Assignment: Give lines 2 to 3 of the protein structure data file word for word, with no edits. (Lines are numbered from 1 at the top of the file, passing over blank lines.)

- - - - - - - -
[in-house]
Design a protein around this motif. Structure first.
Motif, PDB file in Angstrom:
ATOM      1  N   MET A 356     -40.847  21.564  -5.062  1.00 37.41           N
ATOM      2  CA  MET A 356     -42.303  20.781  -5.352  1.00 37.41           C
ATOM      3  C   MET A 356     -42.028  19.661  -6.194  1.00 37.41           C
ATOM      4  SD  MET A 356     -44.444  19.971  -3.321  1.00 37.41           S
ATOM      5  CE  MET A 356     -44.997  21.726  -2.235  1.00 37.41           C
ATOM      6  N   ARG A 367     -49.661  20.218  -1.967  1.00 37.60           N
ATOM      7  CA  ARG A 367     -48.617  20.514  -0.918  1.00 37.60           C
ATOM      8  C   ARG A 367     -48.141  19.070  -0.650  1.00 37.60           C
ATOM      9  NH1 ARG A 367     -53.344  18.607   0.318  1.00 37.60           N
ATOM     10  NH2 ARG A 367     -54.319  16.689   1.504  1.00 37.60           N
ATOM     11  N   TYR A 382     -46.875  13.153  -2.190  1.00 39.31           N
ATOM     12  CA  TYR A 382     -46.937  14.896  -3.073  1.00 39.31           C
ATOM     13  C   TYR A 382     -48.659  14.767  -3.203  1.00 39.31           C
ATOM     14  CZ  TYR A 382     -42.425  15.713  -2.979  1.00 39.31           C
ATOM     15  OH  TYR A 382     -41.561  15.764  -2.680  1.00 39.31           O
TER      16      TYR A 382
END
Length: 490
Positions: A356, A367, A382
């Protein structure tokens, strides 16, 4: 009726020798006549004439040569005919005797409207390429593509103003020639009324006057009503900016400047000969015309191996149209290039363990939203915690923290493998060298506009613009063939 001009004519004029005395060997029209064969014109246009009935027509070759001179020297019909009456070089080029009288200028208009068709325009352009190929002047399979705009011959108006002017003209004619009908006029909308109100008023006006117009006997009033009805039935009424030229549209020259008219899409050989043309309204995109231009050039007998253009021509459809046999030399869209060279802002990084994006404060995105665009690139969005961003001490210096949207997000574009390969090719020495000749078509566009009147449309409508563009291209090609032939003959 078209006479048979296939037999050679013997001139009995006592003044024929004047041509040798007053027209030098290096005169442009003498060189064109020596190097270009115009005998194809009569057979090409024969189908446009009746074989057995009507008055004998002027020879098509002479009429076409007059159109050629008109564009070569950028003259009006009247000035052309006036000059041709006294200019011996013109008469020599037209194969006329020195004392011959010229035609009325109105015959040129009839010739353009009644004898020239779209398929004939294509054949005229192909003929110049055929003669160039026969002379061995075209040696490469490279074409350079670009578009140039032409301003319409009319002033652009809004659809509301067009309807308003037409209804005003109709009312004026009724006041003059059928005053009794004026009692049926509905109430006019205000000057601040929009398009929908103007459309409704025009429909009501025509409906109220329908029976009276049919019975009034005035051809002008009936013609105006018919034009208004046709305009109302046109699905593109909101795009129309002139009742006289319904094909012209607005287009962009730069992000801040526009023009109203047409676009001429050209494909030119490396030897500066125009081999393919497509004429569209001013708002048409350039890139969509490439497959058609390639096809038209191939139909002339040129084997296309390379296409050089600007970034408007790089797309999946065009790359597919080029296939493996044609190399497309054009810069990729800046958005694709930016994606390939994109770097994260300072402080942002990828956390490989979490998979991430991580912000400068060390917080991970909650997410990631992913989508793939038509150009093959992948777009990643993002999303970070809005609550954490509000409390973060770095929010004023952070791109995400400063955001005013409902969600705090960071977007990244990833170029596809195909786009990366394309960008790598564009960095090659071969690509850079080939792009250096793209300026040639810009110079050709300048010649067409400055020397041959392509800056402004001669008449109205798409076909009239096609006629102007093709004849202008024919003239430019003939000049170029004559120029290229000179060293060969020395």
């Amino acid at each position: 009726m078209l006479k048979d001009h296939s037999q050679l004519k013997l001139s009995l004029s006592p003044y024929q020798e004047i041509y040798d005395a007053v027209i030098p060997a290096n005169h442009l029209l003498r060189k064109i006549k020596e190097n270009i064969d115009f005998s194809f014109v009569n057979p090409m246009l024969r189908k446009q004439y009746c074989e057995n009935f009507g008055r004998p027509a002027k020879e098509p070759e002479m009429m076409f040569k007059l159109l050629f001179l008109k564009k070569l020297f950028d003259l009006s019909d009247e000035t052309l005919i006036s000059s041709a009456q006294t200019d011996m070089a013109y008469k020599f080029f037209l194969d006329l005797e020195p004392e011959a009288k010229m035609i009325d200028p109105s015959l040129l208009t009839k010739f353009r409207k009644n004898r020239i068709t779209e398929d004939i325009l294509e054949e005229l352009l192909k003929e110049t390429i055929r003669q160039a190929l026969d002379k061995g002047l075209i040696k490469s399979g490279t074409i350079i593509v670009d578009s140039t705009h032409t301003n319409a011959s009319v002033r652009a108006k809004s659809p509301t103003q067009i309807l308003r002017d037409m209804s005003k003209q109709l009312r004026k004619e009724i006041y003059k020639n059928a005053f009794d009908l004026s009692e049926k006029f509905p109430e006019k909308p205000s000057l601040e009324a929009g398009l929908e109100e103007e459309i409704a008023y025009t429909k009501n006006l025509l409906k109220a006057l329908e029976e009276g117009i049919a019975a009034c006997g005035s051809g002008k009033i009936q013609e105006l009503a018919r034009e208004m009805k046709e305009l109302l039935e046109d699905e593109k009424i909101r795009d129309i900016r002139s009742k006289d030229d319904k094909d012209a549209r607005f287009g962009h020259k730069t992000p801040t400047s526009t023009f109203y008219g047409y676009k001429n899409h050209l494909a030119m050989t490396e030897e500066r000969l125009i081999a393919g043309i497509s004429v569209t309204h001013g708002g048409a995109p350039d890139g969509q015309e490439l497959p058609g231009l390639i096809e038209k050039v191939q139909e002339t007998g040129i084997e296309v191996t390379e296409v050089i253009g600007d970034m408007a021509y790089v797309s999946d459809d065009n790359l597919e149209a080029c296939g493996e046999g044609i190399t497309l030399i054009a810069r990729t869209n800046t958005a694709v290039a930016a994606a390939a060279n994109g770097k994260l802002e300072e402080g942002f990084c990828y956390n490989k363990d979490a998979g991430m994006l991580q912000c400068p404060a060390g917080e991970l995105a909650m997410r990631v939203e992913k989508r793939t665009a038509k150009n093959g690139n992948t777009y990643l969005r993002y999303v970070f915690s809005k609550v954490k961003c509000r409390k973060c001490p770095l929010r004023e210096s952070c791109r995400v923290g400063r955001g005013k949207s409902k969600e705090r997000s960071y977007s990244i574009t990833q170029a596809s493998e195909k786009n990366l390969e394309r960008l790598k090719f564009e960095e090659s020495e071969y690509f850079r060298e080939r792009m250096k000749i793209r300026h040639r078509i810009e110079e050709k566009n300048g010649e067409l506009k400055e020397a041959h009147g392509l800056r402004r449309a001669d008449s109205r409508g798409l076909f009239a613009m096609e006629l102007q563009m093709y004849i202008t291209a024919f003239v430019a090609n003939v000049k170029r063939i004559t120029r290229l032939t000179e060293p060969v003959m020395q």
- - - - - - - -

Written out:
Design a protein around this motif. Structure first.
Motif, PDB file in Angstrom: